IMG_9099Last October 20th, the IE Humanities Center hosted the first lecture of the Cycle of Conferences “India: Present and Future”, which focused on Economy. This year, the series of lectures will revolve around the largest democracy on earth, studying it from different angles: politically, culturally, socially, etc. Seven activities will be held to fulfil that goal on both campuses, Madrid and Segovia.

The cycle of conferences began with an institutional speech by the director of the cycle, Professor Susana Torres, who explained the reasons behind its organization and took the opportunity to thank everyone that has made it possible. The audience was composed by a mix of students from Madrid and Segovia, faculty, directors, future lecturers and external guests, including India’s Embassy Economic Secretary Mr. Saravanan Balasubramanian.

The opening lecture, “Economy: The Emergence of a New Player”, was chaired by MIM’s Vice Dean Kiron Ravindran who moderated theIMG_9173 conversation with Economic Environment Professor Patricia Gabaldón and CaixaBank India Chief Pradeep Bhargava.

For more than one hour the three members of the panel analysed the challenges that India will have to face during the coming decade, as well as the big leap forward that India has done in the past 25 years. All agreed that education and technology will play the key factor, as production costs are rising. Professor Gabaldón stressed the role of women, which in some cases are being left behind, since when they get married they become a member of their in-law family, thus causing parents lack of investment in a daughter’s education. This led to an interesting point, which for sure is going to be covered in more lectures in the future, namely, how to cope with tradition and social development.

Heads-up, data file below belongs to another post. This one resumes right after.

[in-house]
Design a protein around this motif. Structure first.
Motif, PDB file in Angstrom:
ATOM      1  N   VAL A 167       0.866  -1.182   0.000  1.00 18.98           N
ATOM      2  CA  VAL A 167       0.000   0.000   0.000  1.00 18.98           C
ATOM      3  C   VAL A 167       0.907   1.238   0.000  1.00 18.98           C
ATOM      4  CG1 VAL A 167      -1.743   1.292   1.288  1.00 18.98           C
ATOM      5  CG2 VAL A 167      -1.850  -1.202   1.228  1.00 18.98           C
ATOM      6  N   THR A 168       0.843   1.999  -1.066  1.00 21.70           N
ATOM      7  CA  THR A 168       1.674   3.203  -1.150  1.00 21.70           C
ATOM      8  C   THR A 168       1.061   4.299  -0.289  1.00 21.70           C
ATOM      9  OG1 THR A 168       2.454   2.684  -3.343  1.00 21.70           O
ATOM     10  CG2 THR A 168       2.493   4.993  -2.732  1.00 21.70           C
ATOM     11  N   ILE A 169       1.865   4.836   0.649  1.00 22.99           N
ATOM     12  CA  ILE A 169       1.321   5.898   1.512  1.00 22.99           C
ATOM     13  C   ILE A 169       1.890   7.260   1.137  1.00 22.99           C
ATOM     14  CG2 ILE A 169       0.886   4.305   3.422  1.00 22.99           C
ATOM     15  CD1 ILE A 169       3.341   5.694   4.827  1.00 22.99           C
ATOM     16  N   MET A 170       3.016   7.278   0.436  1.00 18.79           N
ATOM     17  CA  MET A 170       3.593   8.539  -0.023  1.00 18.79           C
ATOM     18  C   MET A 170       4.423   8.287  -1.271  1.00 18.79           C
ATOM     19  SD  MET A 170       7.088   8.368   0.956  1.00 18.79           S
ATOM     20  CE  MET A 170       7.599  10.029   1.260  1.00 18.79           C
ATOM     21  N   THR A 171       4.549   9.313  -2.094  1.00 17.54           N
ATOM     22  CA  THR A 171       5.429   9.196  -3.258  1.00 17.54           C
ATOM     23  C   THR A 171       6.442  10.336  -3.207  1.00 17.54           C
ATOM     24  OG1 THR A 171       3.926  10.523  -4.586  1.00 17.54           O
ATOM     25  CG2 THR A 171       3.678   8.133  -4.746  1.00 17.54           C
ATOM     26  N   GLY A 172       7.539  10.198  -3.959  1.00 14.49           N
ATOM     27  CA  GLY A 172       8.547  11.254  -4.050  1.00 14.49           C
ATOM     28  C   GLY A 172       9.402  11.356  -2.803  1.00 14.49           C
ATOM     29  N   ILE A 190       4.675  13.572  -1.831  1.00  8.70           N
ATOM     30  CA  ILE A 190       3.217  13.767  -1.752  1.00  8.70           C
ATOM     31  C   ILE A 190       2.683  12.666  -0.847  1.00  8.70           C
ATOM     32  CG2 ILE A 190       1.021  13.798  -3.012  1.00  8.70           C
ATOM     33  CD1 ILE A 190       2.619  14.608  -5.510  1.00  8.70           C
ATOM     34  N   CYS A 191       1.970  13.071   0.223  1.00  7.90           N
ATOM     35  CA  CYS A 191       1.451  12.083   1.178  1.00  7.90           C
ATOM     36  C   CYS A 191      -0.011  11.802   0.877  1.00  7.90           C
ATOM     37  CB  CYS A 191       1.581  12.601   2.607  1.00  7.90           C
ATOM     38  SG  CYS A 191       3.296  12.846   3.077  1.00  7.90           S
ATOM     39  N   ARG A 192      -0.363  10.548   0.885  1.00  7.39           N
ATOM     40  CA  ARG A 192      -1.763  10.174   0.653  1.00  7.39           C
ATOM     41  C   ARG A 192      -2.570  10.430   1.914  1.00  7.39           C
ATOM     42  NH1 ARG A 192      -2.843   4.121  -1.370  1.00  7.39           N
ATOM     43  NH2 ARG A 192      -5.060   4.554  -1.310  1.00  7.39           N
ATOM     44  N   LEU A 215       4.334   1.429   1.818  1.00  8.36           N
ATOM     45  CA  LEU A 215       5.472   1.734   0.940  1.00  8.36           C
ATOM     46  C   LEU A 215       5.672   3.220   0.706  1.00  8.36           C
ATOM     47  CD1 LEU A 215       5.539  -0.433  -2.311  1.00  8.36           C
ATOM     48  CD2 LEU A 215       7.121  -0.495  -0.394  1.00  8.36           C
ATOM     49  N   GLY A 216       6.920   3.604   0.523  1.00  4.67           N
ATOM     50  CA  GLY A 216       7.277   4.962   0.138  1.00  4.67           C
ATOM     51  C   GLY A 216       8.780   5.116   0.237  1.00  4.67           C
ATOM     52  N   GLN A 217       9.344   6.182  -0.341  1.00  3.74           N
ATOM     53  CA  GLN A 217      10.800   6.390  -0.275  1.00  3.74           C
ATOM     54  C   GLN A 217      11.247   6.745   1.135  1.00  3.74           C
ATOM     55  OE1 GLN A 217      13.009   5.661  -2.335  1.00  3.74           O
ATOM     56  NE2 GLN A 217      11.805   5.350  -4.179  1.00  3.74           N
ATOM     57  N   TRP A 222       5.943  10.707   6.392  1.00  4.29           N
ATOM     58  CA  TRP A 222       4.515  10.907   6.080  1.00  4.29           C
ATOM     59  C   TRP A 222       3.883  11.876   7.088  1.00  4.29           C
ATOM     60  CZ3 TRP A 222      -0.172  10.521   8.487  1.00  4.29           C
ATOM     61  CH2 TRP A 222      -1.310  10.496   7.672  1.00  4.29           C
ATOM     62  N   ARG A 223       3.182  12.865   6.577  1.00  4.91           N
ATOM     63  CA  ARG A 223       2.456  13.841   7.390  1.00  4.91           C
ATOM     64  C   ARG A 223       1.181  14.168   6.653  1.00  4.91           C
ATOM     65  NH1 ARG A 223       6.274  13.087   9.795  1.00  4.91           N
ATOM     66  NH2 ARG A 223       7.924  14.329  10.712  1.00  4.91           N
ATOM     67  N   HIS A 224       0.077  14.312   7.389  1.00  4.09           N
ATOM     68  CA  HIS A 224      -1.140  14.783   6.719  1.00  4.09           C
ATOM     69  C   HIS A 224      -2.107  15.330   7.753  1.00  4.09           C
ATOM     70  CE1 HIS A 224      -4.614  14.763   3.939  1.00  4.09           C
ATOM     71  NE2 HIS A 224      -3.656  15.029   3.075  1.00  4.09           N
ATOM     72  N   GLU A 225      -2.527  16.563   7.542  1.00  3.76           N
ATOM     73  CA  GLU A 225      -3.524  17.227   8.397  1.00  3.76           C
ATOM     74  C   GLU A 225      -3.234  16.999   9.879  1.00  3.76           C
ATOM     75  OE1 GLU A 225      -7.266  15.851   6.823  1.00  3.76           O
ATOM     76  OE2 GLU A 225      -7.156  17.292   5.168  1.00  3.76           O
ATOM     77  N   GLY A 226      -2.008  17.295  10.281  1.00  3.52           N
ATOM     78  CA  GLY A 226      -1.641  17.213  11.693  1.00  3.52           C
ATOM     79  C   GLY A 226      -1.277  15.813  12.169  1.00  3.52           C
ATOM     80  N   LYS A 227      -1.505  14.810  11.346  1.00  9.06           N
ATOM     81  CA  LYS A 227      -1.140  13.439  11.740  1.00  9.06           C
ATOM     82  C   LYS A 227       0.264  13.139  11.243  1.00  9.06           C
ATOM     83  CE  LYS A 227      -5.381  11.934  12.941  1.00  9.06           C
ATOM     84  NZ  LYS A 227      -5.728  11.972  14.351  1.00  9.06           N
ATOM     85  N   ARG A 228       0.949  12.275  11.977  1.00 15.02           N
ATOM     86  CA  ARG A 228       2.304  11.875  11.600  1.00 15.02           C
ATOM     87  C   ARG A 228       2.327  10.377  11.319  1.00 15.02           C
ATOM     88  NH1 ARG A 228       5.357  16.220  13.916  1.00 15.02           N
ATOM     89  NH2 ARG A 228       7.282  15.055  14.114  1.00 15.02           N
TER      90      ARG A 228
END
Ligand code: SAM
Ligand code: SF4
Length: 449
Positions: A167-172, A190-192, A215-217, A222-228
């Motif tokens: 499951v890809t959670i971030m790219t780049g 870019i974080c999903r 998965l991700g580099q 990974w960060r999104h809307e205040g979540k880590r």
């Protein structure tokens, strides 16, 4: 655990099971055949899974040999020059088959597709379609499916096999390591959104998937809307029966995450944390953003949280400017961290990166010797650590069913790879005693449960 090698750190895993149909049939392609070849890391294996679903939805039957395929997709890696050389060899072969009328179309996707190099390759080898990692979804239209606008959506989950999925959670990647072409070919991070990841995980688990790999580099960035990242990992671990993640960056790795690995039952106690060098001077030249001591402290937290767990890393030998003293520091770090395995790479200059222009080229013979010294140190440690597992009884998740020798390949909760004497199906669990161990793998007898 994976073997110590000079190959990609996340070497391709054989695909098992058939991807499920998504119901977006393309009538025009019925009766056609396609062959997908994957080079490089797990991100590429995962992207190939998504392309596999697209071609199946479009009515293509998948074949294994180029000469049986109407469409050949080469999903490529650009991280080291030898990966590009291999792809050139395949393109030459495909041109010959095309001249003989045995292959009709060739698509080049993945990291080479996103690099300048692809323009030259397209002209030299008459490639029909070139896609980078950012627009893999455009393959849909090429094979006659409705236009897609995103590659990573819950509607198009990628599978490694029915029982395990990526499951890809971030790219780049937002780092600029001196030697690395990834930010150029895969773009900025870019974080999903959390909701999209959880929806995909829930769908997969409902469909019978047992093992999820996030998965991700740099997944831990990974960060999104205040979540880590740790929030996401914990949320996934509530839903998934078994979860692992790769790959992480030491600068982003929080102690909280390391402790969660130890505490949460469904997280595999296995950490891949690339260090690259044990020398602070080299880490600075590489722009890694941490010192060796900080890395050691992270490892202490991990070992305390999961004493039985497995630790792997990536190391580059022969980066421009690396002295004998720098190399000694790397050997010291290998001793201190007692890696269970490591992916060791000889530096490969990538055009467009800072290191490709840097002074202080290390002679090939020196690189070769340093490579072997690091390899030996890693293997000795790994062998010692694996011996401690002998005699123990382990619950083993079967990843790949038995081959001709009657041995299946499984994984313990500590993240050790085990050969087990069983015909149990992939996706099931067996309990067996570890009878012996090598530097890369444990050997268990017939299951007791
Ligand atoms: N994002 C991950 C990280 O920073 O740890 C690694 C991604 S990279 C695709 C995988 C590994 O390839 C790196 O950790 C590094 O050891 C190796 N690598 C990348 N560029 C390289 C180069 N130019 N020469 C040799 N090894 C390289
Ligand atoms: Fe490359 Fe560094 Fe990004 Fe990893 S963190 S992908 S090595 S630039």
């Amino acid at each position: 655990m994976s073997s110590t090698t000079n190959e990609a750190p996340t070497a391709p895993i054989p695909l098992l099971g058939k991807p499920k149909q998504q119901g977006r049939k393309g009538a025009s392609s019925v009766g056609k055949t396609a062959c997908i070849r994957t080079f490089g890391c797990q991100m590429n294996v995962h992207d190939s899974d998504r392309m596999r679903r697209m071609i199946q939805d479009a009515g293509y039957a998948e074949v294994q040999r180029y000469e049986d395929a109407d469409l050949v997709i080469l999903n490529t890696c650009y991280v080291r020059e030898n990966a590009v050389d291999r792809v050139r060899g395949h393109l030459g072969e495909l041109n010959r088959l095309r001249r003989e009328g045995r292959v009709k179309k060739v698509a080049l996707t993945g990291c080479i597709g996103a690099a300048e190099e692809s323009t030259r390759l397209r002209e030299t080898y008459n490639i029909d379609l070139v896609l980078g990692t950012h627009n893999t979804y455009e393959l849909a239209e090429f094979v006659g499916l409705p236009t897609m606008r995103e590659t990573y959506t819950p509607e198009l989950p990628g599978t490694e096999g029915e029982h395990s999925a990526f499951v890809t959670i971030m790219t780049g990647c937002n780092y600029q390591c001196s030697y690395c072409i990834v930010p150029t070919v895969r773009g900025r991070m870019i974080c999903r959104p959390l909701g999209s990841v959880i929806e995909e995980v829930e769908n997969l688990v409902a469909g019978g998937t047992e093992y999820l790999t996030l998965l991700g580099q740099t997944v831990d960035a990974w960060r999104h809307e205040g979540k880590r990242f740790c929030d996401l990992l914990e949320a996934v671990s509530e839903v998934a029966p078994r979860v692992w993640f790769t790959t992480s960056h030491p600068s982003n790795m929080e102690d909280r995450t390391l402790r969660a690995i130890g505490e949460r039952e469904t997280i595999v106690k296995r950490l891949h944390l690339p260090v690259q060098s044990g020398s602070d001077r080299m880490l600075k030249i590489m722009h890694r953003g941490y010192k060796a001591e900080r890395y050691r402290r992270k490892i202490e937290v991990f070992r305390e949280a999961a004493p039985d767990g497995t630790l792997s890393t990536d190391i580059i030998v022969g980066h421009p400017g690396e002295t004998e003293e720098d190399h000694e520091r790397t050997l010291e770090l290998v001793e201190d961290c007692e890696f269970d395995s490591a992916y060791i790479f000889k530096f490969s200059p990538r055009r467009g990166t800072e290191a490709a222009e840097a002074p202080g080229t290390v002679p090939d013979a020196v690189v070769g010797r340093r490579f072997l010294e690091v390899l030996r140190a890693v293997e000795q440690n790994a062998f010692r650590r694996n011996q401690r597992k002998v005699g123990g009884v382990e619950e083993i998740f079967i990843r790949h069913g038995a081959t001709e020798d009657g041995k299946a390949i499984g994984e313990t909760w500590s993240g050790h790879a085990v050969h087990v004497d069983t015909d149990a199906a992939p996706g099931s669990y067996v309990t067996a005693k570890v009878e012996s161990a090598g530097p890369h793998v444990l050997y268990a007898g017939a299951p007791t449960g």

Once the lecture was over all attendees were invited to a cocktail just outside the classroom where students, faculty, staff and guests chatted lively about the present and coming events.

Next conference will be on Politics and be held on November 24thIf you wish to attend please register here


Mary Beard, History as Dialogue

Written on October 28, 2016 by Susana Torres Prieto in Arts & Cultures & Societies

1127By Susana Torres Prieto, Professor of Humanities at IE University.

Last weekend, the awarding ceremony of the prizes Princess of Asturias took place in Oviedo. Among the wonderful winners in its several categories, the Cambridge Classics Professor Mary Beard (Much Wenlock, UK, 1955) received the prize on Social Sciences. In her speech, she underlined the need we have to establish a fruitful dialogue with history, and consequently, she said she was receiving the award not only on her name, but also on behalf of all “those teachers, scholars and writers who work hard to make our conversation with the Ancient world so live, so engaging and so rewarding”. Indeed, it was her capacity for making accessible her vast knowledge of the Ancient World to the general public one of the aspects that the Jury most appreciated in their awarding Prof. Beard the prize.